Concrete seems stable and permanent, but it remains porous and will absorb water. When this water trapped inside the concrete freezes, it pushes the cement binder apart. This expansion, and the resulting contraction when the water melts again, cause crumbling.
Why Is My Concrete Crumbling?
Concrete is a very strong material, and when it is properly installed and maintained, it can last for many years without needing any repairs. Unfortunately, even the best-installed concrete can eventually crumble and break apart. There are several potential causes of concrete crumbling, and understanding why your concrete is grinding can help you take the necessary steps to repair the issue and ensure it doesn’t happen again.
One of the most common causes of concrete crumbling is poor installation. If the surface wasn’t adequately leveled or the concrete wasn’t mixed correctly, it could cause the material to be weaker than it should be. Over time, this weakened concrete can start to break apart and crumble. Similarly, if the concrete was installed during the wrong time of year or if a nasty mix of concrete was used, these issues can lead to sudden crumbling.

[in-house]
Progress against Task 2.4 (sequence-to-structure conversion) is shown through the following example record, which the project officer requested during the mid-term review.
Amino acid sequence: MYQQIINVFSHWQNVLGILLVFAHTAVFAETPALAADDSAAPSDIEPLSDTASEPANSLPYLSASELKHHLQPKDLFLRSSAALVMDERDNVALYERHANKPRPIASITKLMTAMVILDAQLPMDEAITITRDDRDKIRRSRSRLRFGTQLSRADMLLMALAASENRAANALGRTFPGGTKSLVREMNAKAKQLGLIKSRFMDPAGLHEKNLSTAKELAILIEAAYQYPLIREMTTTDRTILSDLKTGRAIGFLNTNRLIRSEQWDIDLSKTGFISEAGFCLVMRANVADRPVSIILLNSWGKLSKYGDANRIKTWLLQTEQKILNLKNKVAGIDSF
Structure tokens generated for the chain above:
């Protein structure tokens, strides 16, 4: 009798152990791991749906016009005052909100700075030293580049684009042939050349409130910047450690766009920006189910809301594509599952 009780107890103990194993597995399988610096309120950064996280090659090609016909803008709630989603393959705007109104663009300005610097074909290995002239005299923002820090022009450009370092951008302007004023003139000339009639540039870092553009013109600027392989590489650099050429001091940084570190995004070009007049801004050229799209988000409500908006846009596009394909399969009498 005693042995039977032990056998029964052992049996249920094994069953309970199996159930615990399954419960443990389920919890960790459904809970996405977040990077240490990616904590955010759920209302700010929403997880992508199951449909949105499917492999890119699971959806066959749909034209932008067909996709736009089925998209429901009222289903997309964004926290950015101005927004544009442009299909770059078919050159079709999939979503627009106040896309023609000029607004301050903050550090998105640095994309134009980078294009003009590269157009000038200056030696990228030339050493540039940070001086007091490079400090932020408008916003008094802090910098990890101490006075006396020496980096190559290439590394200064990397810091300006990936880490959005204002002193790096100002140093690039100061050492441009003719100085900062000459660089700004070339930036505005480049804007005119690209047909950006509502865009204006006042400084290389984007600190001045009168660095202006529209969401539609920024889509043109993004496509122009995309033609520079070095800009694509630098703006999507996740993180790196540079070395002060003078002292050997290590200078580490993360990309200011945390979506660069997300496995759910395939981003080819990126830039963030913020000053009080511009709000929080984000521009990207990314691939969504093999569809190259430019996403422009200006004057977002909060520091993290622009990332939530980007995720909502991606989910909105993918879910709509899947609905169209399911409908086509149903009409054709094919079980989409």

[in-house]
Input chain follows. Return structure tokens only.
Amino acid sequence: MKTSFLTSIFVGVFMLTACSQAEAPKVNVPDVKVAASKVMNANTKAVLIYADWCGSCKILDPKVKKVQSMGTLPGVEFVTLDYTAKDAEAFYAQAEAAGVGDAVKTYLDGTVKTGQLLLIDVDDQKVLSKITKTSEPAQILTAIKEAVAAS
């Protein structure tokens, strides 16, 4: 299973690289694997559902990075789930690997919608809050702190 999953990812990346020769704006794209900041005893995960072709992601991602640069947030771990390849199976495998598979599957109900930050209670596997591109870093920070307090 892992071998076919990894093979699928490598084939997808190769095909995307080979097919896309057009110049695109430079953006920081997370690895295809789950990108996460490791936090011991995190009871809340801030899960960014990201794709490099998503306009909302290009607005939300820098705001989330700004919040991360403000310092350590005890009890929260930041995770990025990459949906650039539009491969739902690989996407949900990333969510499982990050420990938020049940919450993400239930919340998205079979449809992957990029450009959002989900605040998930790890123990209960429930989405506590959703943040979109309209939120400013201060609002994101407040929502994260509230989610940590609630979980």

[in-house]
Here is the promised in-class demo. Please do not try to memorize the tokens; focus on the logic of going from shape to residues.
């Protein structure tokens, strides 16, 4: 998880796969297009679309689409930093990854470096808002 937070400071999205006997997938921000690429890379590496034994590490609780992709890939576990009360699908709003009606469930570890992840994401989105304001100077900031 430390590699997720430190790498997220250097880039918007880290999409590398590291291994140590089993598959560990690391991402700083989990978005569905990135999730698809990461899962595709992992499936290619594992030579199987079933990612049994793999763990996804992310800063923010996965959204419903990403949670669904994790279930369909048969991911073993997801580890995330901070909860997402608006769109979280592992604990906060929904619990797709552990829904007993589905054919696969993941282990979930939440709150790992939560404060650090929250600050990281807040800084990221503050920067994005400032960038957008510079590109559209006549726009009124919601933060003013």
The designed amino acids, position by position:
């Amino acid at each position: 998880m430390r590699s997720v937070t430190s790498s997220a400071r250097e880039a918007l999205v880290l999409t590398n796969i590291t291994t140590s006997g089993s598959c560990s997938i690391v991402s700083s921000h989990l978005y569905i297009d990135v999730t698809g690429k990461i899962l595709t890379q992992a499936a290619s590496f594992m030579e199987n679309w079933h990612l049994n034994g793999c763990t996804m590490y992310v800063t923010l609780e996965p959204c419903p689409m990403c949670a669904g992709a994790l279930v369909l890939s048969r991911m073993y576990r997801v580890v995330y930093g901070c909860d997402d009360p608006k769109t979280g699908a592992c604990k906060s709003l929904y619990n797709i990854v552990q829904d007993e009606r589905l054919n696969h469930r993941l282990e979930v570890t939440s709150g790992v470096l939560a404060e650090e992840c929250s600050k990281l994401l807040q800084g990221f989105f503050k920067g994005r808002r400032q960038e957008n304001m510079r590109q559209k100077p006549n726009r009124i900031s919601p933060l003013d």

Another common cause of concrete crumbling is exposure to extreme weather. If your concrete is regularly exposed to freezing temperatures, the water in the concrete can expand and contract with the changing temperatures. This can cause cracking and crumbling over time as the concrete cannot withstand the stress of the changing temperature. Similarly, if your concrete is regularly exposed to intense heat, the surface can become